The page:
Three modern thinkers made holiness a favored topic in the scholarly study of religion. The first was Emil Durkheim (1858-1917), a Jew. Coming from a rabbinic family (his grandfather was a chief rabbi) he was conditioned to see holiness as important. He preferred the word “sacred,” from the Latin, sacrum, meaning that which belonged to the gods, like the ancient temples and their sacred rites; he contrasted “sacred” with “profane,” from the Latin profanum, meaning the space outside the Temple precincts. Profanare was the act of bringing the offerings to the Temple site — before, that is, they became sacred. But Durkheim was a scientist, so he explained the sacred sociologically as the way groups underwrite their morality by projecting it onto the divine.
Durkheim wrote in 1915; just two years later, a German Lutheran, Rudolf Otto (1869-1937), made history by composing The Idea of the Holy, where (unlike Durkheim) he claimed that the holy is a category of actual experience, no projection at all. He described it in Latin: the mysterium tremendum et fascinans, a mystery before which we tremble, yet to which we are attracted because we find it fascinating. The Latin loses something in translation. Just murmur the Latin out loud a few times and you get a pretty good inkling of the feeling provided by traditional Lutheran worship, and, for that matter, classical Reform Judaism as well.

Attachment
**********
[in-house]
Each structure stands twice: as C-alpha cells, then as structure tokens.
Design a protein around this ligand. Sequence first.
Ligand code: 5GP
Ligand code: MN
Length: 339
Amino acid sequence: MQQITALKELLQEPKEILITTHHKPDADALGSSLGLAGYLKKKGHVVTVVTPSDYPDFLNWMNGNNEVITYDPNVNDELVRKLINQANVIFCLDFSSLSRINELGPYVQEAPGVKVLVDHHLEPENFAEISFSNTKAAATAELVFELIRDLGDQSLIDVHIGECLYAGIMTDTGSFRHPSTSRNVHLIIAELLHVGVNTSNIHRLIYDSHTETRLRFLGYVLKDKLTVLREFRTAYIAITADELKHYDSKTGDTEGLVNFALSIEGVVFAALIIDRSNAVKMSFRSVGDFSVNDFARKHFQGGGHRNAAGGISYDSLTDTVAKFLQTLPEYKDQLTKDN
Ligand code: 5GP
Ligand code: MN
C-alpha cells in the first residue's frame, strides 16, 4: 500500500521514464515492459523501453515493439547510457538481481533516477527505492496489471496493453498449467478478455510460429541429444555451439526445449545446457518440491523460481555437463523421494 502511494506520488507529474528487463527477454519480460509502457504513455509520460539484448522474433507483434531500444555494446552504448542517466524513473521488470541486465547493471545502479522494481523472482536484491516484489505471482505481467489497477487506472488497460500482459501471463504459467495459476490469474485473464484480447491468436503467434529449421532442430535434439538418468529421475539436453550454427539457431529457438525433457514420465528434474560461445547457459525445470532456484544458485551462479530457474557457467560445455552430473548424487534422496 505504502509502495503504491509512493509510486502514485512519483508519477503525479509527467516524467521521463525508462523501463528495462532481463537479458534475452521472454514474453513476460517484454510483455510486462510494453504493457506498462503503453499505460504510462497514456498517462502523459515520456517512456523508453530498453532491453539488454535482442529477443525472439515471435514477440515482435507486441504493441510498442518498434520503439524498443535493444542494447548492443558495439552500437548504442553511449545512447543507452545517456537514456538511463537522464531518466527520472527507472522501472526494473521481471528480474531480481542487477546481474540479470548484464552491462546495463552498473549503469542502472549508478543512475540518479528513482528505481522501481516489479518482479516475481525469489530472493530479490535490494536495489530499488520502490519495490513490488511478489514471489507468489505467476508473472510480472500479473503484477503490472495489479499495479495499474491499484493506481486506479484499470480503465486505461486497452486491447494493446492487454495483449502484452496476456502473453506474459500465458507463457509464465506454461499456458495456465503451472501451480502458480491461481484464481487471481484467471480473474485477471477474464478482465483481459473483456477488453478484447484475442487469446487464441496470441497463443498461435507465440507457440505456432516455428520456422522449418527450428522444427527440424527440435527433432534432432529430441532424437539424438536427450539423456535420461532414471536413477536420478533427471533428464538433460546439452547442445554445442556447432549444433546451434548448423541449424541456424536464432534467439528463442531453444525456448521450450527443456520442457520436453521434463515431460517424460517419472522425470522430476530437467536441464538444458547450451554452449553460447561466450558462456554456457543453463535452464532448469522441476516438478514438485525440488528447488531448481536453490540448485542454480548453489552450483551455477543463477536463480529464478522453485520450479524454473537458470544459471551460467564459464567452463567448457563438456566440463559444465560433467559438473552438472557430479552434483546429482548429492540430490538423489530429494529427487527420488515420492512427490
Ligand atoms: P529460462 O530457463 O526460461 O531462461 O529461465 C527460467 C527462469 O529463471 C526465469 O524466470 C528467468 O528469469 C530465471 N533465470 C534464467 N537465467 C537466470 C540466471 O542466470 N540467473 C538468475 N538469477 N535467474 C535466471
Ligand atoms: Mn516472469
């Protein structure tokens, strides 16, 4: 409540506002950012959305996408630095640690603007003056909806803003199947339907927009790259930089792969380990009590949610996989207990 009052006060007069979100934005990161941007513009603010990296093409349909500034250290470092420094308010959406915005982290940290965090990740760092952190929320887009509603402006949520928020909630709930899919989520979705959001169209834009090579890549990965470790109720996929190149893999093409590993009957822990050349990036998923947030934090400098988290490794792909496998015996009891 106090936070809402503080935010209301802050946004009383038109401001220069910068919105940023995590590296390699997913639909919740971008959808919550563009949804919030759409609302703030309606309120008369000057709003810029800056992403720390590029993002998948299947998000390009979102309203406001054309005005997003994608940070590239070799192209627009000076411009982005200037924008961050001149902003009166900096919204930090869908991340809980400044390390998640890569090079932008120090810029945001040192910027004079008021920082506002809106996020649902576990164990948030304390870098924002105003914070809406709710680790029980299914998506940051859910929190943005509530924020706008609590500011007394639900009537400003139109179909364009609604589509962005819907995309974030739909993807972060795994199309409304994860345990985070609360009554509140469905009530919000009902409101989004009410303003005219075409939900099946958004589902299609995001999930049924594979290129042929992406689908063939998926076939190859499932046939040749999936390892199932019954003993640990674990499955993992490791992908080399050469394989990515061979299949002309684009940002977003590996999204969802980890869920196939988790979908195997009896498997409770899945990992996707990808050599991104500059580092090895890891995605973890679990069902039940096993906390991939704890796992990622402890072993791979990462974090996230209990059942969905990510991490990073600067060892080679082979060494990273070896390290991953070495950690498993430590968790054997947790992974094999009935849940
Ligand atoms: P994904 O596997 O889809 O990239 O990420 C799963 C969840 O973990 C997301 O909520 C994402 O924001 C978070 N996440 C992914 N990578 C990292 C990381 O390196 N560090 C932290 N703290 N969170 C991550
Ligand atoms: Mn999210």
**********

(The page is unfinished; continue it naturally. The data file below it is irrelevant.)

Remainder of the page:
The last great pioneer of the sacred is Mircea Eliade (1907-1986), who was raised in the Romanian Orthodox Church, but who studied practically everything thereafter and is often considered the founder of the discipline called History of Religions. Eliade threaded the needle between Durkheim (the sacred is a human construct) and Otto (the sacred is real). He saw it as both. The reality of the sacred can be seen in anything: a humanly made object (a cross); an ancient text (Torah), a rock (the one in the Dome of the Rock), and not just famous things and places, but ordinary things as well. The sacred presents itself by bursting forth in what he called a hierophany (from the Greek hiero-, “sacred,” and phainein, “to show”). But it takes human readiness to recognize it. It is as if we actualize its existence by our own capacity to appreciate it.
Ah yes, maybe, but what is it?
Here is where Hanukah candles come in handy.
To this day, many Jews light candles and sing Hanerot hallalu kodesh hem… (“These lights are holy….”), which is cited in an 8th-century work (Massekhet Sofrim), where it is not a song but a proclamation. “These lights are holy; we may not use them. “Not using” does not mean “having no function.” They have their own function: we are to put them in the window “to proclaim the miracle” of Hanukah.